That’s asking a lot. For many secularists and religious folk alike, that’s taking a step onto uncomfortable ground. “How, in our modern world,” Kimmerer asks, “can we find our way to understand the earth as a gift again, to make our relations with the world sacred again?” (31).
She answers by telling stories. Some are personal stories about her experiences with her children in the garden or with her students in the woods. Others, like the story of Skywoman, are Indigenous myths, repurposed for the present day. For Kimmerer, these myths are important and relevant to our moment because they come from a time when people could still hear and interpret the teachings of “other species,” especially plants. The wisdom of plants, she writes, is
apparent in the way that they live. They teach us by example. They’ve been on the earth far longer than we have been, and have had time to figure things out. They live both above and below ground, joining Skyworld to the earth. Plants know how to make food and medicine from light and water, and then give it away.
Plants know, in other words, how to live reciprocally, and “we need to learn to listen.”
Behind this prescription is a direct case for narrative as the primary method of conveying the foundational ideas that shape a society’s imaginary. Drawing on Gary Nabhan’s construction, Kimmerer describes her project of ecological restoration as “re-story-ation.” Our relationship with the land we live on is “broken” because the dominant story we tell about it is in error. That story was brought by the immigrants from Europe to justify their domination, and it continues to inform our institutional structures and shape our responses to crisis (9-10, 31).
Kimmerer is not alone in this viewpoint. Agreement about the source and the time of the wrong-turning is widespread among those scholars concerned with ecological breakdown, mass extinctions, global warming—those scholars who see these matters as the meta-crisis, the broader habitat, so to speak, in which our political and social ills are nested, nurtured, and grow.
Writing these words brings to mind a video clip presented at one of the hearings on the January 6, 2021 attack on the Capitol. This clip showed long-time, right-wing Republican Party operative Roger Stone taking the official oath for some militant organization. “I am a Western chauvinist,” Stone vowed, “and I refuse to apologize for creating the Modern World.” The way this militant group has chosen to articulate and perform the debate is crude, narrow, and toxic. Still, the group’s general reading of the history aligns, at least in broad terms, with those scholars who associate the de-legitimization of animist belief systems and the advancement and institutionalization of an extreme dualism with the rise of the modern world and the philosophies of the West.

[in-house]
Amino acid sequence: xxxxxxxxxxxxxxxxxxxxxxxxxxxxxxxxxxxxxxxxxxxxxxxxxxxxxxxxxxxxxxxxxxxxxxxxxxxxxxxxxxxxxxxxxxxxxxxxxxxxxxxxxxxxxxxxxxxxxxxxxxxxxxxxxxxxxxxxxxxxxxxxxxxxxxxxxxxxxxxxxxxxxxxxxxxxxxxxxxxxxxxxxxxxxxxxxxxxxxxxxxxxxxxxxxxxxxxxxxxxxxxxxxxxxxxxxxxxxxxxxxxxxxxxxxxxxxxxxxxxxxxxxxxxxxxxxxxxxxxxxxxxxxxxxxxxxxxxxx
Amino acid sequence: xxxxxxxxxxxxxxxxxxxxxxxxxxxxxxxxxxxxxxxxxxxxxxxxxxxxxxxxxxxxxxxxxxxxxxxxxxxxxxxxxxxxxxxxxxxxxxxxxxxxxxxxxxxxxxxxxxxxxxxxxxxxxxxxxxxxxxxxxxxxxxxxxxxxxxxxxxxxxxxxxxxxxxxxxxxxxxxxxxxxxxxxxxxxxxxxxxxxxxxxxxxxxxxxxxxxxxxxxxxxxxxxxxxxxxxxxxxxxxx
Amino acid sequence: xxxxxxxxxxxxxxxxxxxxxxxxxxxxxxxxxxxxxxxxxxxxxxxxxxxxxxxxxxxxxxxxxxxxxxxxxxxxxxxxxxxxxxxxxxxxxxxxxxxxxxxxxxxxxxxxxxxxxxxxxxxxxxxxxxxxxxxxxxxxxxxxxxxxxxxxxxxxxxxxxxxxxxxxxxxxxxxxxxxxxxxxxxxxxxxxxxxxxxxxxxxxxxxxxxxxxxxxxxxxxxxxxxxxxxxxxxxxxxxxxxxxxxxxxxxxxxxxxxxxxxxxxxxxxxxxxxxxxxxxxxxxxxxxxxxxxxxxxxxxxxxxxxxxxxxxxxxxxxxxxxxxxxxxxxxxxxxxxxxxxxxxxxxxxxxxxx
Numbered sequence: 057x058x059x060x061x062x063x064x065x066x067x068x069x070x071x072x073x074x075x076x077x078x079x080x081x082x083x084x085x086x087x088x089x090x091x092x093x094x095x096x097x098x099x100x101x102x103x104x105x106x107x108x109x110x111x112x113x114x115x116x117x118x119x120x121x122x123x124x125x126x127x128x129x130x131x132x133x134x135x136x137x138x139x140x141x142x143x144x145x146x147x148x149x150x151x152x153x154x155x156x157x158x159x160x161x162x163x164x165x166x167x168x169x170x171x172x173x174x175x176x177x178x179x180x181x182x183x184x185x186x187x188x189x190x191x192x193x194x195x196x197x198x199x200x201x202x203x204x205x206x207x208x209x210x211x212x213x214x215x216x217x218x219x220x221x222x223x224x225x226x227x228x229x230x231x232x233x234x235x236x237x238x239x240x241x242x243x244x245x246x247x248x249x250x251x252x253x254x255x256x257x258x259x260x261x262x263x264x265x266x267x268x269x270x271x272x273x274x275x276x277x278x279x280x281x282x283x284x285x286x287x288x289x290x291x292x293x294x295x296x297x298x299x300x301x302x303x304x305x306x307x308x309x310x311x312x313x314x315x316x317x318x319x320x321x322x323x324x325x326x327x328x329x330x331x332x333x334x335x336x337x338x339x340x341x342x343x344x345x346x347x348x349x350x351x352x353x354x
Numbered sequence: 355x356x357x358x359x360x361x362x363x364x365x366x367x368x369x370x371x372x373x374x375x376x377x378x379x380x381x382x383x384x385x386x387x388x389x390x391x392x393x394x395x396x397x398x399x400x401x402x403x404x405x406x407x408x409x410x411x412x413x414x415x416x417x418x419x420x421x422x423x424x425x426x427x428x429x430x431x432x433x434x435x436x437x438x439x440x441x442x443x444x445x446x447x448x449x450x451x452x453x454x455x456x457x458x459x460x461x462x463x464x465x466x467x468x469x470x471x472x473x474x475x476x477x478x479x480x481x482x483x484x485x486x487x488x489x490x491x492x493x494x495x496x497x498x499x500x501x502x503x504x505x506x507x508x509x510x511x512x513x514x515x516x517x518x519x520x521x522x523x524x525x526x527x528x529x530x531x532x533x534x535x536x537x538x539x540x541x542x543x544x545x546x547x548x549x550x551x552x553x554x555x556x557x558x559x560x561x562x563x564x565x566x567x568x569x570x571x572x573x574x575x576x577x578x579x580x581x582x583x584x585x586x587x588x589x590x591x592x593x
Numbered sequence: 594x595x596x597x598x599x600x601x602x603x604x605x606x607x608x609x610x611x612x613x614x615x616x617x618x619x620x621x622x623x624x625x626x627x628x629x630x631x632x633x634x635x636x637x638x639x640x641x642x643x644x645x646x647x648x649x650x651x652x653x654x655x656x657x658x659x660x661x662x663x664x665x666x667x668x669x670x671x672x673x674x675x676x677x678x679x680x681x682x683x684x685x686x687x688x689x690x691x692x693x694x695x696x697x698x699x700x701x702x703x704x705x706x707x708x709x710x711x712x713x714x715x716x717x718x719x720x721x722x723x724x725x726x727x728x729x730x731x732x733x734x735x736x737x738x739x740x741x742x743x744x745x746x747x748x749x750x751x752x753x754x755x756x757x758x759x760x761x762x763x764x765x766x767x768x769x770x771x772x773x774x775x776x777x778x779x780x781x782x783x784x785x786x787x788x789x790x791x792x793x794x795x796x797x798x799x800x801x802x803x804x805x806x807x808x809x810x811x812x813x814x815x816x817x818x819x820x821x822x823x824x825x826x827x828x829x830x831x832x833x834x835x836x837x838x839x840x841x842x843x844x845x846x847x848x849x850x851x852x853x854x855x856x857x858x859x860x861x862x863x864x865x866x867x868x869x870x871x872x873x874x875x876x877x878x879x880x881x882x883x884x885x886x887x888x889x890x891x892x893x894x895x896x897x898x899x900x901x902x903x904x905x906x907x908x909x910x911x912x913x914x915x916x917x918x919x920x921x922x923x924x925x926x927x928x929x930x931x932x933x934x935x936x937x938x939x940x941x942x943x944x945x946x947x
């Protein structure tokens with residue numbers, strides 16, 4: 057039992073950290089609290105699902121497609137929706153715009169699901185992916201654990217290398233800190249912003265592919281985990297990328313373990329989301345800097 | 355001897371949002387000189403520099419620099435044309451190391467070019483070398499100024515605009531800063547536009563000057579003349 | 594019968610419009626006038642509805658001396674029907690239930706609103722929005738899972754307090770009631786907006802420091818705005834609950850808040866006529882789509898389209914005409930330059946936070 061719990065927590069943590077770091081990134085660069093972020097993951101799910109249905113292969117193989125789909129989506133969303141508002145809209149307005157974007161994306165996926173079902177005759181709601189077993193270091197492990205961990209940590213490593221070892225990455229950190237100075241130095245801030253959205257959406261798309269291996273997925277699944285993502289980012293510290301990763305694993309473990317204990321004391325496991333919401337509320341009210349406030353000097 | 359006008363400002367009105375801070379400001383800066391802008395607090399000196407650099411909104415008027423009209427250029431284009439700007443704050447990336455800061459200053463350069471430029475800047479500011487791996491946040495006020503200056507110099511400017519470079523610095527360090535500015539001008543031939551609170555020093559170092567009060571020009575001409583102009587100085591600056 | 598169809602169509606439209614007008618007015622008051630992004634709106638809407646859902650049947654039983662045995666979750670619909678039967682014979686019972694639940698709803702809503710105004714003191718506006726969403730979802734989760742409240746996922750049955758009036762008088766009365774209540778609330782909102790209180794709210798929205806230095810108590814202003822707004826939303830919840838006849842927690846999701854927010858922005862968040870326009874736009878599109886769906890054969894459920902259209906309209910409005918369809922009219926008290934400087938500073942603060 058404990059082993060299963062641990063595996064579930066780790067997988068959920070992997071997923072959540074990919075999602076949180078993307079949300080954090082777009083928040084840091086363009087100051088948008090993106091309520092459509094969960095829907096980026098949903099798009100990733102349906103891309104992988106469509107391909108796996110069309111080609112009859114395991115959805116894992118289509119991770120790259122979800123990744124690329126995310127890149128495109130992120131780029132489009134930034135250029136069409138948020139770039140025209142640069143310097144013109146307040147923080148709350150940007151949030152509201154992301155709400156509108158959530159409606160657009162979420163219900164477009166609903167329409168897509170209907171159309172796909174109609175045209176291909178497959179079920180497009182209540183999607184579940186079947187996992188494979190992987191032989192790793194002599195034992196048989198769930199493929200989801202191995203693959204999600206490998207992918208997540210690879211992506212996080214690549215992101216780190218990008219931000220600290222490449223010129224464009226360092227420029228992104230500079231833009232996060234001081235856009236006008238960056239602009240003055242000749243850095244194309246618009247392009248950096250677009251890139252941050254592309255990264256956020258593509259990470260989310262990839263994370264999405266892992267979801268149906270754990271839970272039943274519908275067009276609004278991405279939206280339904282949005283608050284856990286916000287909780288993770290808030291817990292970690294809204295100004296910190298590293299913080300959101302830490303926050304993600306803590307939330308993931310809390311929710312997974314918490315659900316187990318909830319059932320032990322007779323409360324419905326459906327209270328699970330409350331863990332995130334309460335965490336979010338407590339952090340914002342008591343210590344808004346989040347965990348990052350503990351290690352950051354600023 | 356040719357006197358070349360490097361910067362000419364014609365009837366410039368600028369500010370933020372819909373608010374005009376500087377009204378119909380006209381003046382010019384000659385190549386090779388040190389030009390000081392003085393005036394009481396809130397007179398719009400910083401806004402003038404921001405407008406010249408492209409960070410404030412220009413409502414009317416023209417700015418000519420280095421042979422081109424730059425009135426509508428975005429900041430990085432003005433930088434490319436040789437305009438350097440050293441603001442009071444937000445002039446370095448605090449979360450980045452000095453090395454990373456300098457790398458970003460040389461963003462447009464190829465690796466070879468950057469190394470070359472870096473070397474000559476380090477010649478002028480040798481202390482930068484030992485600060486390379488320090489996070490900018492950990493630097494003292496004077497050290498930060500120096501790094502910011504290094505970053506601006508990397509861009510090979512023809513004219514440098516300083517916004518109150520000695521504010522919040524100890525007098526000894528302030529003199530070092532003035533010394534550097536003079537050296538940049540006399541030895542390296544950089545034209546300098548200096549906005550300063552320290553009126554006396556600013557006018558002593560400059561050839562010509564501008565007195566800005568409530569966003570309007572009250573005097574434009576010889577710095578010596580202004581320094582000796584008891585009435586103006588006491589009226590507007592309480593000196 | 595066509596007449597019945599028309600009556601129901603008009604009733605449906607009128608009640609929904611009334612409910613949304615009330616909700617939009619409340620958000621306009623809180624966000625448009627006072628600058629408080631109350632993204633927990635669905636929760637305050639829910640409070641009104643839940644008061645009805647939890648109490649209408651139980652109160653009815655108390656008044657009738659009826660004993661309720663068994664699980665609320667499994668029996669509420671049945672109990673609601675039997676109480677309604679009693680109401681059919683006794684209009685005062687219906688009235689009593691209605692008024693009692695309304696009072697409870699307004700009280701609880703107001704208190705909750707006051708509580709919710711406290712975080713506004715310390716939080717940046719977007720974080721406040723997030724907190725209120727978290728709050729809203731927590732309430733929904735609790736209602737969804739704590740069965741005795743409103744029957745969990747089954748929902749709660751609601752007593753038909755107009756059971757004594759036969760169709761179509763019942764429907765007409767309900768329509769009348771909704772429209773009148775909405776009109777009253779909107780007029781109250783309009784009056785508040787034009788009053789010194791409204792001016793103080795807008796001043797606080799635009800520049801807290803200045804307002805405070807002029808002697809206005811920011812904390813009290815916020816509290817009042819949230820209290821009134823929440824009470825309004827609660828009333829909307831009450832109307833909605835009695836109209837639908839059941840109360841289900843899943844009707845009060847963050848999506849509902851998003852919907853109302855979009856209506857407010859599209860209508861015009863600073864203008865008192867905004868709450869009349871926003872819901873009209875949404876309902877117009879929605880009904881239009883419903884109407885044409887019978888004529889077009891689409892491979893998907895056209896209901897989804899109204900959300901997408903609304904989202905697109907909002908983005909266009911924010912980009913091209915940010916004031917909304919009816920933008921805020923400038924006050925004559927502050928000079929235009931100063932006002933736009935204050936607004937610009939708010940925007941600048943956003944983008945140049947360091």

Kimmerer, for her part, defends the practice of Western science. She defends its practitioners, for whom the actual work of science—of “revealing the world through rational inquiry”—is an “often humbling” and “deeply spiritual pursuit.” But Kimmerer makes a distinction between scientific practice and “the scientific worldview.” The latter uses the products of science and technology “to reinforce reductionist, materialist, economic and political agendas.” The scientific worldview is destructive because it sustains “the illusion of control” and “the separation of knowledge and responsibility.” Kimmerer’s “dream” is that “the revelations of science framed with an Indigenous worldview” will lead to “stories in which matter and spirit are both given voice” (345-46).
Who will tell these stories, Kimmerer asks (9). For me, someone who has invested so much time and much of his living in hearing, reading, and thinking about stories, that’s the intriguing question. What are these stories and where are they? Who will tell them? Who is telling them?
A version of this essay appeared in Society for US Intellectual History.